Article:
The Scottish and UK governments have no idea how much peat has been dug from the ground for commercial purposes and sold in garden centres, despite both administrations viewing the preservation of peatlands as a priority to combat the climate crisis.
Peatlands comprise decayed plant life laid down over millennia and cover around one quarter of Scotland. They are considered vital in addressing the climate emergency because their carbon-storing properties lock greenhouse gases such as carbon dioxide within soil.
The Conservative Party made a promise in its manifesto for the general election that the party would “invest in nature” and restore peatlands, while the Scottish Government has allocated £11 million to restore degraded peatlands.
Neither government has data on how much peat has been extracted over the last five years, however, prompting environmental groups to call for an end to commercial peat extraction. They are also urging gardeners to demand peat-free compost from garden centres.
Critics commented after environmental activist, Donald Campbell, submitted a freedom of information request to the Department for Environment, Food and Rural Affairs (Defra) in London asking how many cubic metres of peat had been extracted in Scotland, and the UK as a whole, in each of the last 10 years. He also asked whether Defra expected to meet its target to phase out the use of peat in garden products by 2020.
In reply Defra said it did not hold information on cubic metres extracted, explaining that the “monitoring of peat use in gardening products was last undertaken in 2016 based on sales in 2015.”
The Scottish Government was also asked how much peat has been extracted in Scotland over the past decade, and Campbell requested details of sites where commercial peat extraction is taking place, including the names of companies involved.
The Scottish Government said it does not hold the information, prompting environmentalists to express concern.
They included Sarah Robinson, director of conservation at Scottish Wildlife Trust (SWT), who said that peat bogs are a “hugely important” store of carbon as well as a habitat for “many rare and specialist species”.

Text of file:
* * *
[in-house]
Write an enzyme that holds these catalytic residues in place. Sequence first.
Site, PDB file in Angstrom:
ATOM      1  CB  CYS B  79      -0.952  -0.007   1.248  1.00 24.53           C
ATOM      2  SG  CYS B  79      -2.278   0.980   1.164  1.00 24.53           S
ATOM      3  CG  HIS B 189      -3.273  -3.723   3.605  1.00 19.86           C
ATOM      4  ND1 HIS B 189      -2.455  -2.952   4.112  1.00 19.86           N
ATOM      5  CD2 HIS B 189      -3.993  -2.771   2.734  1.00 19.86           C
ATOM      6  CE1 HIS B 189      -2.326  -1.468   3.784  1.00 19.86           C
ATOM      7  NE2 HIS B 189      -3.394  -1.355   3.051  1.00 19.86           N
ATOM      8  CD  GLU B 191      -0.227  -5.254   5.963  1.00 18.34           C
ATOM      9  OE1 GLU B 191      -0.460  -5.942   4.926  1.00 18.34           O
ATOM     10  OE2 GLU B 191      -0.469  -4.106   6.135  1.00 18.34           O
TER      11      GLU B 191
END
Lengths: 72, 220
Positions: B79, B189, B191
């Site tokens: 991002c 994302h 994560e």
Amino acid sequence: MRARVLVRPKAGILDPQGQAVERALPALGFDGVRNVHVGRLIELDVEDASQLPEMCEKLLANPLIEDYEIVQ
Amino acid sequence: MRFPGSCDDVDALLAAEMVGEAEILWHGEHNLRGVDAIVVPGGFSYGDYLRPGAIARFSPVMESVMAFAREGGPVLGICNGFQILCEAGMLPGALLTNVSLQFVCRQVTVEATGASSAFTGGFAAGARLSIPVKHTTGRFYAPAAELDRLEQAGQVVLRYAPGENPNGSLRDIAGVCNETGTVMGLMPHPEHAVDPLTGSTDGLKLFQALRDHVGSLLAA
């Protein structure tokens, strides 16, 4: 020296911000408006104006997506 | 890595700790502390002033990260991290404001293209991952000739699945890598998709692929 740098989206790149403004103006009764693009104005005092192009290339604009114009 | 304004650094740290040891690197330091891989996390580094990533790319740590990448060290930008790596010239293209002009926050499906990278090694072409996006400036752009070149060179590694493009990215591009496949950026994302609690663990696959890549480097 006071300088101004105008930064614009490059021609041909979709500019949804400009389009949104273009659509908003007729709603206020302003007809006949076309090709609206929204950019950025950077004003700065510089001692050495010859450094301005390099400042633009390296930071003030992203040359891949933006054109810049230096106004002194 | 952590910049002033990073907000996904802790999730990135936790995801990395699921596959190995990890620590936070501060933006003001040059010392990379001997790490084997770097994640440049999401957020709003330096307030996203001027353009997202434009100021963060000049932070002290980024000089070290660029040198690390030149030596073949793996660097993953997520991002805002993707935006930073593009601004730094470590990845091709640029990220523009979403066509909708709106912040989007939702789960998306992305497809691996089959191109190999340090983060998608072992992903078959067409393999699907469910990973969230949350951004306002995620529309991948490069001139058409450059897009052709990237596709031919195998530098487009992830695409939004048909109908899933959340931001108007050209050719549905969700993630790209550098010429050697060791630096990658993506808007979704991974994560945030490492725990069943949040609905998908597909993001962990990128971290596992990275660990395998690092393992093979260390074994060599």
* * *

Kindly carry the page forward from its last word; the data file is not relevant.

She urged gardeners to demand peat-free compost from their local garden centres and said: “Currently around half of the peat consumed in the UK comes from bogs in this country, while the rest is imported from Ireland and the Baltic States. Ending peat extraction here without tackling the demand for peat-based products will only lead to further damage to bogs in other parts of Europe.”
According to SWT, Scotland has lost 94 per cent of its raised bogs over the last 200 years and that protecting and restoring those that remain is a “vital step” towards tackling both the climate emergency and a “crisis facing biodiversity”.
Many people will be alarmed to learn that peat is still being removed from more than a dozen sites in Scotland because of historic mineral rights, which in some cases date back 70 years.SARAH ROBINSON, SCOTTISH WILDLIFE TRUST
Robinson explained that extracting peat from healthy bogs, or damaged bogs which could be restored, is now against Scottish planning policy. She continued: “However, many people will be alarmed to learn that peat is still being removed from more than a dozen sites in Scotland because of historic mineral rights, which in some cases date back 70 years. Many of these sites could still be restored to functioning, healthy bogs.”
“At the moment, purchasing the mineral rights will be very costly for local authorities. We have asked the Scottish Government to make funds available for local authorities to buy out these permissions, and to put a cap on the amount of compensation that companies can receive.”
Charlie Nathan, head of planning and development at the Royal Society for the Protection of Birds in Scotland, thought it was “incredible” that the Scottish Government does not have comprehensive data on commercial peat extraction and called for an end to the industry.
“The government is funding peatland restoration across the country, yet at the same time, peat is still being dug up for sale in some places. Peatlands are one of our biggest carbon stores and this perverse situation needs urgent action,” Nathan said.
“We are aware that the chief planner has recently written to planning authorities to seek a better understanding of the location and extent of extraction in their areas, however this will require sufficient and directed investment from the government,” he added.
“There is also a need for a levy on peat-based horticultural products to support a market for sustainable horticultural alternatives and to ensure peat is not imported into Scotland from other countries. We urge the Scottish Government to act on this issue now.”
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